If you've been named the executor of a parent's estate, you may find it challenging to keep the estate's bills paid while you're still sorting out the available assets and debts. This can be even more difficult if your family member's estate is illiquid—consisting of real estate, jewelry, or other items that aren't always easy to turn into cash. What are your options to help pay for your parent's final expenses (or keep the electricity and water service connected in his or her home) if there is little available cash? Read on to learn more about some ways to leverage your parent's assets.
What are your abilities as executor?
As appointed executor of an estate, you'll be able to take legal title to the estate's assets in order to distribute them and keep all necessary bills up to date while the estate is being probated. You'll need to file a form with the IRS to obtain an employer identification number (EIN) for the estate so that it can be classified as its own separate legal entity for tax purposes. Once you've fully accounted for all assets and debts (often including publishing a notice in the local newspaper to help alert any creditors who may want to come forward), you'll be able to use the estate's assets to pay off its debts and distribute any remaining assets to the surviving heirs. If your parent or relative has fewer assets than debts, you'll use these assets to pay debts in order of priority—and once the funds have been exhausted, the remaining creditors are out of luck.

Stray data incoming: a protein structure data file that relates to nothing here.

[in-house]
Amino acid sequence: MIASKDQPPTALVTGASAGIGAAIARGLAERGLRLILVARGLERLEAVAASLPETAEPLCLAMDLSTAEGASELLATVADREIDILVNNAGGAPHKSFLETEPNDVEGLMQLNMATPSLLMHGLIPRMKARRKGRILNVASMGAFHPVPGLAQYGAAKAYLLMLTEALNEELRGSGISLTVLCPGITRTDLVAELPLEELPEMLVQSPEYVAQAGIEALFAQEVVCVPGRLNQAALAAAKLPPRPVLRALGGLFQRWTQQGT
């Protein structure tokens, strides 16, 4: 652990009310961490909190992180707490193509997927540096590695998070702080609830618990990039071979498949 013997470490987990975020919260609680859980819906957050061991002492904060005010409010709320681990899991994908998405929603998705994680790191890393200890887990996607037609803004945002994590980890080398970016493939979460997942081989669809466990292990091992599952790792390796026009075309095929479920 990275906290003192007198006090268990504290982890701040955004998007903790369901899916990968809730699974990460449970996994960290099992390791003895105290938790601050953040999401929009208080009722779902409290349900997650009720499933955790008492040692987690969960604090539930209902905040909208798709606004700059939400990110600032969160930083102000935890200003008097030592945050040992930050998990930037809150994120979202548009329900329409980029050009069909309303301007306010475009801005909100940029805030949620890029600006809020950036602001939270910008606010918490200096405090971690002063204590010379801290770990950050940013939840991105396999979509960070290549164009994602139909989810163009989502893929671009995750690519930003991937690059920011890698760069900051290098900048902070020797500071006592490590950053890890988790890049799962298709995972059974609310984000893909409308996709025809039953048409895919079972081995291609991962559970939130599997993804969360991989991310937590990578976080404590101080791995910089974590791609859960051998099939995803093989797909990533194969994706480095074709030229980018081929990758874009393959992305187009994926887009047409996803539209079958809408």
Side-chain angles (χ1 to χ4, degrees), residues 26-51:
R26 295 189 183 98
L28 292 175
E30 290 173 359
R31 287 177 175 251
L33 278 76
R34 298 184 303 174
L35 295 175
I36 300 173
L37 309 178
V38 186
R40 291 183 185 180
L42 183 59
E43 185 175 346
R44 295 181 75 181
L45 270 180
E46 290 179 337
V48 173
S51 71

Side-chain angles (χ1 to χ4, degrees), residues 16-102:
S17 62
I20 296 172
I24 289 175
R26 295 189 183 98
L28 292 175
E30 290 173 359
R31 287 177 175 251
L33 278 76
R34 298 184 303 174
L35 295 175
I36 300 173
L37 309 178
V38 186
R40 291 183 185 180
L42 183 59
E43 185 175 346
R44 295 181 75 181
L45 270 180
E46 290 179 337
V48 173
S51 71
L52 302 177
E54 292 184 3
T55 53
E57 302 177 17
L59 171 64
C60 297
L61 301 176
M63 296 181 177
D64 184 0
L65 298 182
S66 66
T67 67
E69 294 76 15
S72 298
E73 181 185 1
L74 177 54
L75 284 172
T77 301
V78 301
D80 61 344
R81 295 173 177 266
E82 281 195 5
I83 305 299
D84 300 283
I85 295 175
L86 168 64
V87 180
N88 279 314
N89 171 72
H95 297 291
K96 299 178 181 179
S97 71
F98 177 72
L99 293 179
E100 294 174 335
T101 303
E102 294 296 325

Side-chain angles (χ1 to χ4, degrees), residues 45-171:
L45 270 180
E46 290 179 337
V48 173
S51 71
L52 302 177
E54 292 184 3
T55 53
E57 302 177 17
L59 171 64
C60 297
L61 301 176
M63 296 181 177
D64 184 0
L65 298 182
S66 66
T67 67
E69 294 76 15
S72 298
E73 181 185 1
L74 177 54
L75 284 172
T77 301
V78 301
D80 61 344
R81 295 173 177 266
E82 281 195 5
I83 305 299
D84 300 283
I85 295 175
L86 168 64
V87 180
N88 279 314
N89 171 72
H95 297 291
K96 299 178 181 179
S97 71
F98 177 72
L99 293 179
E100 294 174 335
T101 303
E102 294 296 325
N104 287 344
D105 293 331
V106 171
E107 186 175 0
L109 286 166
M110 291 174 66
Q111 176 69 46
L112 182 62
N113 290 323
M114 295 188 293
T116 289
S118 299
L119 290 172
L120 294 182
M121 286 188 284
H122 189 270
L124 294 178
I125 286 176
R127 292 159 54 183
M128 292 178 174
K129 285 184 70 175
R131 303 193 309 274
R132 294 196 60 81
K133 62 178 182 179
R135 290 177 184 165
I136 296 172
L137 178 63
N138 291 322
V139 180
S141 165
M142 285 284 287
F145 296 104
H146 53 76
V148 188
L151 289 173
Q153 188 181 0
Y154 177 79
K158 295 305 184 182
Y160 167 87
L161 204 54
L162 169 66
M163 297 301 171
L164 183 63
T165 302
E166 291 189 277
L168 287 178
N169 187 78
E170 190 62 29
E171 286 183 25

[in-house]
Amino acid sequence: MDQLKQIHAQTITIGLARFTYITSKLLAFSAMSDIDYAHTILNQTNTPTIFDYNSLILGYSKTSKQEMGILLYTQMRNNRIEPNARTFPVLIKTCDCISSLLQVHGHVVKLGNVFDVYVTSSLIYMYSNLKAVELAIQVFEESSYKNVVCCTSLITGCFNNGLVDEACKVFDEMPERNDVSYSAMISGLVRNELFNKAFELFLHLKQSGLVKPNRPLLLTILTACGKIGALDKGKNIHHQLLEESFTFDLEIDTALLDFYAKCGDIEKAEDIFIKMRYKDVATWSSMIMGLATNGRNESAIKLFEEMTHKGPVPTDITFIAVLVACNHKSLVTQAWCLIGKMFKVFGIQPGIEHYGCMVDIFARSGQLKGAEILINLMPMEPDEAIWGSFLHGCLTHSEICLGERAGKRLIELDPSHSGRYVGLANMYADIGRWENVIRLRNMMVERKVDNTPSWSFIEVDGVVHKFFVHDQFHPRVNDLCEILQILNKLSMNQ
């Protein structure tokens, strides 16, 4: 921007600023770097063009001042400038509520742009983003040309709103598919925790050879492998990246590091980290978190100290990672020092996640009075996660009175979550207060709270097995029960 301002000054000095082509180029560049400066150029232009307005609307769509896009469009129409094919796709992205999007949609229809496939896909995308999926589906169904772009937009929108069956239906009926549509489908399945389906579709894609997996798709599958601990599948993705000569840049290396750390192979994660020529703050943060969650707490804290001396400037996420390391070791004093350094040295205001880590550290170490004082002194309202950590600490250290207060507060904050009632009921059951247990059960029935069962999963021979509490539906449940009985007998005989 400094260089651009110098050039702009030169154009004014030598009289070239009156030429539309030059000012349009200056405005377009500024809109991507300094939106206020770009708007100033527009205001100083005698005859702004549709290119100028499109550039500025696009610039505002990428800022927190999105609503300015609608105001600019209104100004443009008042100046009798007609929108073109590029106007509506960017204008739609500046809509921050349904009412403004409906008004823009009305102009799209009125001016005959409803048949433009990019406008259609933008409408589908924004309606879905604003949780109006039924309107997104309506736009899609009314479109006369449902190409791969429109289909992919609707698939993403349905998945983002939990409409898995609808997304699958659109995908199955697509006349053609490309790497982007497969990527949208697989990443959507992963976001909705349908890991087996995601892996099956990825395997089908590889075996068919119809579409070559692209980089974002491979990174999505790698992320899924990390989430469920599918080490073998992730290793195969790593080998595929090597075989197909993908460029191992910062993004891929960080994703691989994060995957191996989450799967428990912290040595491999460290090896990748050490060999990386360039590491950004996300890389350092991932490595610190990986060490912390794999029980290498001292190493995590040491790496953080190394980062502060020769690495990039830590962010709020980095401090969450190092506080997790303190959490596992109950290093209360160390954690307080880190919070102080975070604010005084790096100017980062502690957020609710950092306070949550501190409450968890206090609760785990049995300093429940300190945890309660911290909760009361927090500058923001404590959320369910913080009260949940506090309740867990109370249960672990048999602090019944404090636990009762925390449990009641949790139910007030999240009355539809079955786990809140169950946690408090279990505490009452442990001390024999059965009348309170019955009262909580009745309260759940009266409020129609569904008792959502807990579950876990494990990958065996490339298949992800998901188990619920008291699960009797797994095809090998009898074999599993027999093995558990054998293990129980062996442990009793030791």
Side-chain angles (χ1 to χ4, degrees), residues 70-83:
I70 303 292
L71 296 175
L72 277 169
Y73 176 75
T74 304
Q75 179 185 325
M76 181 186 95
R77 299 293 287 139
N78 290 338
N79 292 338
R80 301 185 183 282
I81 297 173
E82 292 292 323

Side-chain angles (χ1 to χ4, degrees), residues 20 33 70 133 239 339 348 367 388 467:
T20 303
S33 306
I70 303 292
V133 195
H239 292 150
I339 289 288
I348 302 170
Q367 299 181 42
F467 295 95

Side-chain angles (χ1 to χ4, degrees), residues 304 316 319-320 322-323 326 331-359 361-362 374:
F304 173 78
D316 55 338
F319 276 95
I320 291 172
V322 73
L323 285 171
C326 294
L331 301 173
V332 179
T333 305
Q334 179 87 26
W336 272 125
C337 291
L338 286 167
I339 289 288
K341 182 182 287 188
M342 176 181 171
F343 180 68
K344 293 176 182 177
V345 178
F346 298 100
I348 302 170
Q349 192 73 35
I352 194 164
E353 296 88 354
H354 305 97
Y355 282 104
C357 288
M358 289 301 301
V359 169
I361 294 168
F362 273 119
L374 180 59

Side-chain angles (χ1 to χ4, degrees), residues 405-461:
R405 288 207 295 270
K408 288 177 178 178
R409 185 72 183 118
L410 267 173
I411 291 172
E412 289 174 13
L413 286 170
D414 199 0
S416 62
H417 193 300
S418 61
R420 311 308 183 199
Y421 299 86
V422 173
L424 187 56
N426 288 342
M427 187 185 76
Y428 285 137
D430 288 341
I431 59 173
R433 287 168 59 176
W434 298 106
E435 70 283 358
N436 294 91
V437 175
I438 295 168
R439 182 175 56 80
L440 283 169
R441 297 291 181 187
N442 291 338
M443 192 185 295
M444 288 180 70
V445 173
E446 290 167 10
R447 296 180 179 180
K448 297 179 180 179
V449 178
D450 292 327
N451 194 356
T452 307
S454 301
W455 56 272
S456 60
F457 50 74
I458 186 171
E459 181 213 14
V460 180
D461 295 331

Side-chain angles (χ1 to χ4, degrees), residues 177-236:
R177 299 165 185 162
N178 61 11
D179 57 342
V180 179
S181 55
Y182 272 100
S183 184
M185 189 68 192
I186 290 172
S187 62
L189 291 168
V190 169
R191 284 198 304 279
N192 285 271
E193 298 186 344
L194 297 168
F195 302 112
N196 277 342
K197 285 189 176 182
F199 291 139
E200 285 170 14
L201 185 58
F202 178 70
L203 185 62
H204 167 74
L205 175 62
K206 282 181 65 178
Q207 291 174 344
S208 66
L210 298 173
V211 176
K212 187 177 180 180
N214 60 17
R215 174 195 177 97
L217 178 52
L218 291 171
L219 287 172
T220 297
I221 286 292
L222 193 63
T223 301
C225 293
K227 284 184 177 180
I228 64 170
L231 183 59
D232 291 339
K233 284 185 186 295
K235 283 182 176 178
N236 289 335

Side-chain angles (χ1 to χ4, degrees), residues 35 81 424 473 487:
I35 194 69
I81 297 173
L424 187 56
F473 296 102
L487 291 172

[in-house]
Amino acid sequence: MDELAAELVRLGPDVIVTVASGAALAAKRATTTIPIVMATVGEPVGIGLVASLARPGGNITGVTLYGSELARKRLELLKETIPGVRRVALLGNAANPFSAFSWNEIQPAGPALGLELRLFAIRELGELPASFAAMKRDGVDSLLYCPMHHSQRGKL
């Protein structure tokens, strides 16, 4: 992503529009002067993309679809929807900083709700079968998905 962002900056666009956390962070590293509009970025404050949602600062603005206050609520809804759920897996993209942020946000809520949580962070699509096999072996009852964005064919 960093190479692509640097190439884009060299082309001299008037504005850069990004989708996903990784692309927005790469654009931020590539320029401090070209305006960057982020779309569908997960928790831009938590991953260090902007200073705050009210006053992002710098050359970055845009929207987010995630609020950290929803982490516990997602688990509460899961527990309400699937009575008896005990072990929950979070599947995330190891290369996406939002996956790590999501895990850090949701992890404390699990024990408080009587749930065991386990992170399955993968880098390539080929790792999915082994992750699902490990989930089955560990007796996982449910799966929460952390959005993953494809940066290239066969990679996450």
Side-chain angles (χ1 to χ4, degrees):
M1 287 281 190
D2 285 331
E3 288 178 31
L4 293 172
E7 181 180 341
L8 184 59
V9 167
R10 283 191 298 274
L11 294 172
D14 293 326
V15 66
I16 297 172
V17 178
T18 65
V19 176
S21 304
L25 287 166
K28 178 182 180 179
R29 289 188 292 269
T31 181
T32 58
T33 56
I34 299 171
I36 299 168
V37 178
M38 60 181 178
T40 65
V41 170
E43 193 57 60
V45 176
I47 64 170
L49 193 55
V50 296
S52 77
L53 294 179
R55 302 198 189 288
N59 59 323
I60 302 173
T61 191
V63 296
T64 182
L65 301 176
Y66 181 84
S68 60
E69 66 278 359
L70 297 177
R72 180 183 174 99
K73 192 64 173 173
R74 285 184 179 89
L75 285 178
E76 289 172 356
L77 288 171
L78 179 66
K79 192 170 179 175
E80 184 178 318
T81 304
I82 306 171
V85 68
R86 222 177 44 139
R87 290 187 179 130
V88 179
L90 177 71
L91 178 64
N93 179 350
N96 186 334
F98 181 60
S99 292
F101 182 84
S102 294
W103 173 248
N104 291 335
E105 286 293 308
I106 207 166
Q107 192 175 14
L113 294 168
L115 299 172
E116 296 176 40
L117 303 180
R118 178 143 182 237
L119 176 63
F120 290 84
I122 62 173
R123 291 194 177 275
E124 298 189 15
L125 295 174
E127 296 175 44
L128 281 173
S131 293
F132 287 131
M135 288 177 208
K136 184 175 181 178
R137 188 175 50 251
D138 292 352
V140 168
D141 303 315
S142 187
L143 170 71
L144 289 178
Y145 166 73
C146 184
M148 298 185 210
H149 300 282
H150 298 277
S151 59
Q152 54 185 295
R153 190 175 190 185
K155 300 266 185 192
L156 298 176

Being an executor is an important position of fiduciary trust. In some cases, you may even be personally sued by the other heirs if you're considered to have squandered estate assets or your negligence has resulted in significant depreciation. For example, if you fail to pay utility bills on your deceased relative's home and power is cut during the winter, frozen pipes or other plumbing issues could lead to expensive repairs. Failing to pay property taxes or mortgage payments on this home could result in foreclosure. Because you shouldn't commingle your own assets with those of the estate, it can be important for you to use the estate assets to gain some quick cash for routine expenses that must be paid before the estate is fully liquidated.
What should you do if the estate has immediate cash needs?
If the estate has some assets, just not liquid ones, you may want to investigate short-term loans—like pawn loans or personal loans—using these assets as collateral. By providing a pawn shop owner with a piece of valuable jewelry, tools, or musical instruments, you'll be able to get some quick cash to use for bills or other necessary expenses. After the loan term has ended, you'll either repay the funds borrowed (plus interest) or forfeit your collateral to the pawn shop. Because not all pawn loans are available for a term of more than a few weeks, you'll need to develop a plan to pay these funds back before they come due and you lose your collateral. However, this can be a good option for situations in which you need instant cash and don't mind paying some interest.
Depending upon the value of the items you're intending to pawn for short-term cash, you may need to seek permission from heirs before doing so—as a failure on your part to repay the loan or otherwise act in time could risk the loss of estate assets, potentially subjecting you to personal liability. Contact a representative from an establishment like Sol's Jewelry & Loan for further information about collateral loans.